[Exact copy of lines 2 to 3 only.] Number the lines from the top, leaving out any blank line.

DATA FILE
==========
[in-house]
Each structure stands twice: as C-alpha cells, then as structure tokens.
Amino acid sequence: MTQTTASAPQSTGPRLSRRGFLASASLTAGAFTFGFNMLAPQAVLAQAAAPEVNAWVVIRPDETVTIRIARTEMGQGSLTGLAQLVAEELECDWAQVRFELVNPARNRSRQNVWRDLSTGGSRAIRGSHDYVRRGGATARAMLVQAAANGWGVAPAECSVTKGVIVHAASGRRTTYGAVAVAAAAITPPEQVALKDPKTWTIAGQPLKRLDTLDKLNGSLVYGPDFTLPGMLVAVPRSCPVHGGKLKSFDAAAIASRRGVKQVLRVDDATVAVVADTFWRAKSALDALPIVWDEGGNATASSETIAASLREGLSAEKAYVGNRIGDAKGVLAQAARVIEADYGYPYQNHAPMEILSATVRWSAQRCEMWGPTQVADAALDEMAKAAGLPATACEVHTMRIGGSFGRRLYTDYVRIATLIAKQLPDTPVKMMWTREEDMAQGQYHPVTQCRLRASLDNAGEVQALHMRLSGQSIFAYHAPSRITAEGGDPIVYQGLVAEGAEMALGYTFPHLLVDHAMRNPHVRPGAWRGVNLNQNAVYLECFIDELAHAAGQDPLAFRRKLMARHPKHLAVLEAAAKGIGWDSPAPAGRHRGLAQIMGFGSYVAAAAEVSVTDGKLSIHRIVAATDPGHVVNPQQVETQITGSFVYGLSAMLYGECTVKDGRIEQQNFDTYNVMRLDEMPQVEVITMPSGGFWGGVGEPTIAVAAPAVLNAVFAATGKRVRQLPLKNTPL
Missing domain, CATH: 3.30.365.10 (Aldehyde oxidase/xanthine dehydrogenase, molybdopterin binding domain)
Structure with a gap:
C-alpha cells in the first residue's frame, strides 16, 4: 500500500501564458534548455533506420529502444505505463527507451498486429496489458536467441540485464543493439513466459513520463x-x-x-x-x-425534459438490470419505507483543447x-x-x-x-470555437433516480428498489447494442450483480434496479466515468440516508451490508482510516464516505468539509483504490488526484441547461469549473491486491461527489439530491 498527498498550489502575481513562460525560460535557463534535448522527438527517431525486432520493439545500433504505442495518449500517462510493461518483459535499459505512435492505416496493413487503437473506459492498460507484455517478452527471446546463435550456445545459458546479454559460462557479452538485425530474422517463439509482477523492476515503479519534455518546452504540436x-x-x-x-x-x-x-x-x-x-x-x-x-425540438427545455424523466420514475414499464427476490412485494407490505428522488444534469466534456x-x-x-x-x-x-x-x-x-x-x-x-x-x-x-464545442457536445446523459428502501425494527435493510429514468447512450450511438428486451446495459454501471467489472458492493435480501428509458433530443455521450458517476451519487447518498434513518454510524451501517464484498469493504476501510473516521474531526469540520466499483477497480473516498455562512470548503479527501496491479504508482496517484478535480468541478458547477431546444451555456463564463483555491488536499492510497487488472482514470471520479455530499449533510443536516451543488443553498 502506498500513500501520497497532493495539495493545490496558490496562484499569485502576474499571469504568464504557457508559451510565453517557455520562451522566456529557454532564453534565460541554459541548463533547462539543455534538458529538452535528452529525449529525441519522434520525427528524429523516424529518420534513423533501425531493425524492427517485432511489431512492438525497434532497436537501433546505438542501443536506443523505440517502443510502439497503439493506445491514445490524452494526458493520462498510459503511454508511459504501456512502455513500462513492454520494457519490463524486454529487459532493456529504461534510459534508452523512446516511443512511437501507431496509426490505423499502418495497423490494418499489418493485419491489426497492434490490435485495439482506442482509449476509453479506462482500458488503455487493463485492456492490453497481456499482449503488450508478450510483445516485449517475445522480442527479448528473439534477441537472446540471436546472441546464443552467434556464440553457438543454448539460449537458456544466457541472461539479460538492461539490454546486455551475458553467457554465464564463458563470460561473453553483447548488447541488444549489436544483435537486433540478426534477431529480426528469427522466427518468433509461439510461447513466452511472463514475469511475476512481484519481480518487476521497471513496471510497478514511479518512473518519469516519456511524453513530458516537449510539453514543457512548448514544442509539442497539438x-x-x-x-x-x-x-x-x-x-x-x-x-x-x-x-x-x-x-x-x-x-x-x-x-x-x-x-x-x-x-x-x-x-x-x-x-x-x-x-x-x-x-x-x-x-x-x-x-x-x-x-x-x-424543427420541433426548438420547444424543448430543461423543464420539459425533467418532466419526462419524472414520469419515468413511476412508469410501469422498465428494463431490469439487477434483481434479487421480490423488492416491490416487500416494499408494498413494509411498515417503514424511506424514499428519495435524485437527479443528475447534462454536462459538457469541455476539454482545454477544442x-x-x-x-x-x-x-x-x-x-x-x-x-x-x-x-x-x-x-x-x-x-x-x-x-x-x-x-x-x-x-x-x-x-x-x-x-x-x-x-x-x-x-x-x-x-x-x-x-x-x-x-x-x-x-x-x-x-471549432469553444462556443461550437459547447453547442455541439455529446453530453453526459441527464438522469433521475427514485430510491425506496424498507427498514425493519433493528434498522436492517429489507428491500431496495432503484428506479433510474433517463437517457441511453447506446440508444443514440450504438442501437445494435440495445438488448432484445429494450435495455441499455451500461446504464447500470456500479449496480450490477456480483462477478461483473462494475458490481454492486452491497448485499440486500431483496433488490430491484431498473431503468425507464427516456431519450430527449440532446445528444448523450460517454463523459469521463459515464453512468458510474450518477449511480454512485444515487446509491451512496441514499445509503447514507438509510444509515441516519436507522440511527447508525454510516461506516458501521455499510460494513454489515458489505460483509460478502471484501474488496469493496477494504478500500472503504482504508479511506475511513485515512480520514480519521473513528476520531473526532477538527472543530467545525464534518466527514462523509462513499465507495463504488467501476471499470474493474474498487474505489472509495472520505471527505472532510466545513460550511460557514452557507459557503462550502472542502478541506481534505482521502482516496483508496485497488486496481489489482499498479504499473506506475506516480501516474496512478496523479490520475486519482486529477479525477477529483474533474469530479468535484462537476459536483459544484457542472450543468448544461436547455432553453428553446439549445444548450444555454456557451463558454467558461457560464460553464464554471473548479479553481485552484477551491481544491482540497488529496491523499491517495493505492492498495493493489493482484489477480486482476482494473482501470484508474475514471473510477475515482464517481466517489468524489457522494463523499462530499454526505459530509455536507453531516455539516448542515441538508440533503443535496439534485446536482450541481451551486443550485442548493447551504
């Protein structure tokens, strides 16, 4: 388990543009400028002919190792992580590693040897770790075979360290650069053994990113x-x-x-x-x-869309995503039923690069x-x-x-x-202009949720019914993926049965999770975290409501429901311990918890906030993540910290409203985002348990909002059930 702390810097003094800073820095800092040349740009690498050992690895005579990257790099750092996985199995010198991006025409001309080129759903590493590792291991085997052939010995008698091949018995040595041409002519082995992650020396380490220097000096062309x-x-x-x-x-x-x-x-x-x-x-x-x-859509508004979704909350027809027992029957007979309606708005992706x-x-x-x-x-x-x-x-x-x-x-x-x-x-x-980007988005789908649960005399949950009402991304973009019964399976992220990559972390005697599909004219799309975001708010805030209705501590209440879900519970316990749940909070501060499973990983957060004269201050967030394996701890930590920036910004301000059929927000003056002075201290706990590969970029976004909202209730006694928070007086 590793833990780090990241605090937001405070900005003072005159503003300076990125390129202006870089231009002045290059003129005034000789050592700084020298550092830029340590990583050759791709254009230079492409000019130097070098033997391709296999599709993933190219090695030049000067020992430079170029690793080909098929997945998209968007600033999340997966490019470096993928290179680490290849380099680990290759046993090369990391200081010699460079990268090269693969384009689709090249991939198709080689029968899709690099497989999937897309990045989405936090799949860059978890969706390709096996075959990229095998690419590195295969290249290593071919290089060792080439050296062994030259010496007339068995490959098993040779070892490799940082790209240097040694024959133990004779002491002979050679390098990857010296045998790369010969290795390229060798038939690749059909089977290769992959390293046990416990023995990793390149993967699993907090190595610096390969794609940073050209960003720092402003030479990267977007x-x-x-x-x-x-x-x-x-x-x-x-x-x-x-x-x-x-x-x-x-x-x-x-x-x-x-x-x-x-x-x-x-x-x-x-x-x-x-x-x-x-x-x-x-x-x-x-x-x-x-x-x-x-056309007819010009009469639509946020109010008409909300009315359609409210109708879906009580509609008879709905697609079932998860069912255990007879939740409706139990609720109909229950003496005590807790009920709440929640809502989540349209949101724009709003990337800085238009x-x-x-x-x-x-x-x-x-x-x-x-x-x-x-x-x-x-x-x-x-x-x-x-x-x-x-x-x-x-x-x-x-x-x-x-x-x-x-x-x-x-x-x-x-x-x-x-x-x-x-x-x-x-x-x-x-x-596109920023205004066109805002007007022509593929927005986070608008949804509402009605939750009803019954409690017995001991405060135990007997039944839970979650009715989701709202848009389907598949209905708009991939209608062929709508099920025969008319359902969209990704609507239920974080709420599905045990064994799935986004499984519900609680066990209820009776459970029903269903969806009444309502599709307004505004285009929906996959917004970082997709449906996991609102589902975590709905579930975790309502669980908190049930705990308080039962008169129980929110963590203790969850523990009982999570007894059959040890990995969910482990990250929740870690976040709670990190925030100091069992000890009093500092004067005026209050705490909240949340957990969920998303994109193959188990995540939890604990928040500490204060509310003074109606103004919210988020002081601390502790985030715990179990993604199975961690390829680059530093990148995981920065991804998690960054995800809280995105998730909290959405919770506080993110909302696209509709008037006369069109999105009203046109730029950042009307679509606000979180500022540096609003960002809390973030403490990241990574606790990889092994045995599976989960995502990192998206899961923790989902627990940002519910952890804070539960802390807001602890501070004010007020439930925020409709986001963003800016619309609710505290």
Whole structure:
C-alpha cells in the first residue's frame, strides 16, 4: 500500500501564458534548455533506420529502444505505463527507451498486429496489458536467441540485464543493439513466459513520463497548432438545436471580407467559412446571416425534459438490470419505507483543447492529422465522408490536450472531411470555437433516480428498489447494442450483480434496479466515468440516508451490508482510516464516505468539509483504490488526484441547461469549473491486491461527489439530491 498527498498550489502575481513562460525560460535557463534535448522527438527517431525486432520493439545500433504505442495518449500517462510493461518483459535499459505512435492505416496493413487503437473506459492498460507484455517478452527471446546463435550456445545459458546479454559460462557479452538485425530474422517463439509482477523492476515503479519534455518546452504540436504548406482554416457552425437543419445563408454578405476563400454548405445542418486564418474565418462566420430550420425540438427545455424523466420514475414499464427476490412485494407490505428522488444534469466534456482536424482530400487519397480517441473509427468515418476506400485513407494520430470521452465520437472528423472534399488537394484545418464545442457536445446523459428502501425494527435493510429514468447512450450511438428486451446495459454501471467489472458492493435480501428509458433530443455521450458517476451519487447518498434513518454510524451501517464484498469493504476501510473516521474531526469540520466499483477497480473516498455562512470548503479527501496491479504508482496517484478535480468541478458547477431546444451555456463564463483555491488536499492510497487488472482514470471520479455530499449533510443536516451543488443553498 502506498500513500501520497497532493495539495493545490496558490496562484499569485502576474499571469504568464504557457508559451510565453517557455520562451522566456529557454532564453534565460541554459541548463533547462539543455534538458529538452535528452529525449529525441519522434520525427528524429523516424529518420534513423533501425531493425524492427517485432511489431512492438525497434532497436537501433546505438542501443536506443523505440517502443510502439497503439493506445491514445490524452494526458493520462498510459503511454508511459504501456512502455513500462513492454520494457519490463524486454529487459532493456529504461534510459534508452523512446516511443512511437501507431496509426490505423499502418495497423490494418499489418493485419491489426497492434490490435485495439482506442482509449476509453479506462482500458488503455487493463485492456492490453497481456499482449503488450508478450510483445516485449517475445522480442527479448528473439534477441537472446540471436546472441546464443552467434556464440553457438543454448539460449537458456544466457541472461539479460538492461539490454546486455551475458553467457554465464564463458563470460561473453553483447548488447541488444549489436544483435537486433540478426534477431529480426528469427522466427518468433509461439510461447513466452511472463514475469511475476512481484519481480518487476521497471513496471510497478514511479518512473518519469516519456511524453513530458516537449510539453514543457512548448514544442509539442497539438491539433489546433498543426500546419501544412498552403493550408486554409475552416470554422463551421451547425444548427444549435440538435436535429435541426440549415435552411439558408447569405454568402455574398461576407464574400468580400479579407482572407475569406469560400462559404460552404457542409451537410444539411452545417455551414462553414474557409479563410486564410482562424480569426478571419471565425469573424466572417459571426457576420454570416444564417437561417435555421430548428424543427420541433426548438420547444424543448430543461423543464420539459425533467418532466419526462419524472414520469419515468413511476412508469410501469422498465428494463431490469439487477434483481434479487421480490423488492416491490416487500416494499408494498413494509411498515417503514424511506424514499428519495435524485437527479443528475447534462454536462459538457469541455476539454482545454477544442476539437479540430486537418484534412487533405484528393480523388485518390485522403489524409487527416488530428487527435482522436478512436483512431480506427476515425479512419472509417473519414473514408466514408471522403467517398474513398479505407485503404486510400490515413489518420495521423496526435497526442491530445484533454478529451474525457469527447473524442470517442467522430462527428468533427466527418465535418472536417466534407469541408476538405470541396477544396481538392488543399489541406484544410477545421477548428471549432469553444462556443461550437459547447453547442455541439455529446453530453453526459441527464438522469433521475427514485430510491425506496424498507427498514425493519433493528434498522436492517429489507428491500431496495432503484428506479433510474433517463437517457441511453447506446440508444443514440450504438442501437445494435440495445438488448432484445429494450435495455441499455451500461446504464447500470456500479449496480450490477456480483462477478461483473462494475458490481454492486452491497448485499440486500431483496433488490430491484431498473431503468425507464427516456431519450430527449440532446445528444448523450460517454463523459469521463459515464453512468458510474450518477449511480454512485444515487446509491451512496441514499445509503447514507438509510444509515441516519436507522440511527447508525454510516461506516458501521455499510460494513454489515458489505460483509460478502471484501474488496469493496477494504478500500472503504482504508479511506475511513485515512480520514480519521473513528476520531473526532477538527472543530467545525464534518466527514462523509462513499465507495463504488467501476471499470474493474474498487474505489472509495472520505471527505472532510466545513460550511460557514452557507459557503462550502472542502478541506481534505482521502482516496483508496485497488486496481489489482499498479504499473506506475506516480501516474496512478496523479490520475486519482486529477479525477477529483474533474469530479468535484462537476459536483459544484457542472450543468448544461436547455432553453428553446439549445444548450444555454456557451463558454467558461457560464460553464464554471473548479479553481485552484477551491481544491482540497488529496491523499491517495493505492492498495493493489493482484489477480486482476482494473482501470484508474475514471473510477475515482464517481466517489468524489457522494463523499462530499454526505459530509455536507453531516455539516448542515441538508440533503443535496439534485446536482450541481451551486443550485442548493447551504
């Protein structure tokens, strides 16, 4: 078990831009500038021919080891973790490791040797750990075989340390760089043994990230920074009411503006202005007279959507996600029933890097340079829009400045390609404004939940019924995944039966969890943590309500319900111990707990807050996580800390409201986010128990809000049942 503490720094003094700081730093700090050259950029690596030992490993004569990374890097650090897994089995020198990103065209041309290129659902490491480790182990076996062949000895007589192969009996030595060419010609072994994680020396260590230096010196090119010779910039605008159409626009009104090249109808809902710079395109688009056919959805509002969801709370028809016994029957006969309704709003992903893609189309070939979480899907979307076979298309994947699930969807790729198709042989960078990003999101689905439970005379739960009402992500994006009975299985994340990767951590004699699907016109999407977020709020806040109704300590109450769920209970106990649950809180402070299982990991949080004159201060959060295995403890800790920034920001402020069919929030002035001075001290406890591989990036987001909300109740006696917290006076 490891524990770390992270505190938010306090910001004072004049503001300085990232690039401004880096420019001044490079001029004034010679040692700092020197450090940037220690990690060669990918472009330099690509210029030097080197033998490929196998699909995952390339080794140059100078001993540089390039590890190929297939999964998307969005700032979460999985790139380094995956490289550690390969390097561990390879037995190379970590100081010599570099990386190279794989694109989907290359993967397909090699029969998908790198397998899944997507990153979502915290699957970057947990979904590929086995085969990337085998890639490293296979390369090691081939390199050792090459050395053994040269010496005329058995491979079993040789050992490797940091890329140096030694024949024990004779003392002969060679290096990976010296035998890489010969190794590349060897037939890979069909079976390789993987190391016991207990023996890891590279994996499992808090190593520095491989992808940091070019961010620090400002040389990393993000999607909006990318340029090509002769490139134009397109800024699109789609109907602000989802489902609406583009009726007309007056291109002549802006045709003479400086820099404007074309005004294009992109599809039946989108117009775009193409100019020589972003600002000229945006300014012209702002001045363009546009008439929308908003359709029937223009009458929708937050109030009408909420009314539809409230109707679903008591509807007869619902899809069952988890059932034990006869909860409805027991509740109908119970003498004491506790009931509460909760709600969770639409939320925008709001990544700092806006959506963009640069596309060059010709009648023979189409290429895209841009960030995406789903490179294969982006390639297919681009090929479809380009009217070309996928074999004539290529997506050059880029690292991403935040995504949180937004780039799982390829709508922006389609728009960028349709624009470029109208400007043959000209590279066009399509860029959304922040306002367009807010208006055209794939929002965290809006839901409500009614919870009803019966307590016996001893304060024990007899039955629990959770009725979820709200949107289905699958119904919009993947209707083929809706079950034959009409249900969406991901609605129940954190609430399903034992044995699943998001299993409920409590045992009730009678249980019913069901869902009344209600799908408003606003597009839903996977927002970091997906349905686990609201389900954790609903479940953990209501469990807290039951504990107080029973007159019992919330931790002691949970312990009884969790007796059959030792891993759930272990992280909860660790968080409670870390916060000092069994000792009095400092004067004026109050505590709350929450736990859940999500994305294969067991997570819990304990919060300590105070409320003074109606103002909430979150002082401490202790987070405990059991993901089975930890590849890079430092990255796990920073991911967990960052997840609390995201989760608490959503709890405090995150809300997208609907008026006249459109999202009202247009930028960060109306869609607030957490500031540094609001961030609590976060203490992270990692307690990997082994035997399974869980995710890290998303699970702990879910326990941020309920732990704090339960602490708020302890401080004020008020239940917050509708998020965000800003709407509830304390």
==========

Each structure stands twice: as C-alpha cells, then as structure tokens.
Amino acid sequence: MTQTTASAPQSTGPRLSRRGFLASASLTAGAFTFGFNMLAPQAVLAQAAAPEVNAWVVIRPDETVTIRIARTEMGQGSLTGLAQLVAEELECDWAQVRFELVNPARNRSRQNVWRDLSTGGSRAIRGSHDYVRRGGATARAMLVQAAANGWGVAPAECSVTKGVIVHAASGRRTTYGAVAVAAAAITPPEQVALKDPKTWTIAGQPLKRLDTLDKLNGSLVYGPDFTLPGMLVAVPRSCPVHGGKLKSFDAAAIASRRGVKQVLRVDDATVAVVADTFWRAKSALDALPIVWDEGGNATASSETIAASLREGLSAEKAYVGNRIGDAKGVLAQAARVIEADYGYPYQNHAPMEILSATVRWSAQRCEMWGPTQVADAALDEMAKAAGLPATACEVHTMRIGGSFGRRLYTDYVRIATLIAKQLPDTPVKMMWTREEDMAQGQYHPVTQCRLRASLDNAGEVQALHMRLSGQSIFAYHAPSRITAEGGDPIVYQGLVAEGAEMALGYTFPHLLVDHAMRNPHVRPGAWRGVNLNQNAVYLECFIDELAHAAGQDPLAFRRKLMARHPKHLAVLEAAAKGIGWDSPAPAGRHRGLAQIMGFGSYVAAAAEVSVTDGKLSIHRIVAATDPGHVVNPQQVETQITGSFVYGLSAMLYGECTVKDGRIEQQNFDTYNVMRLDEMPQVEVITMPSGGFWGGVGEPTIAVAAPAVLNAVFAATGKRVRQLPLKNTPL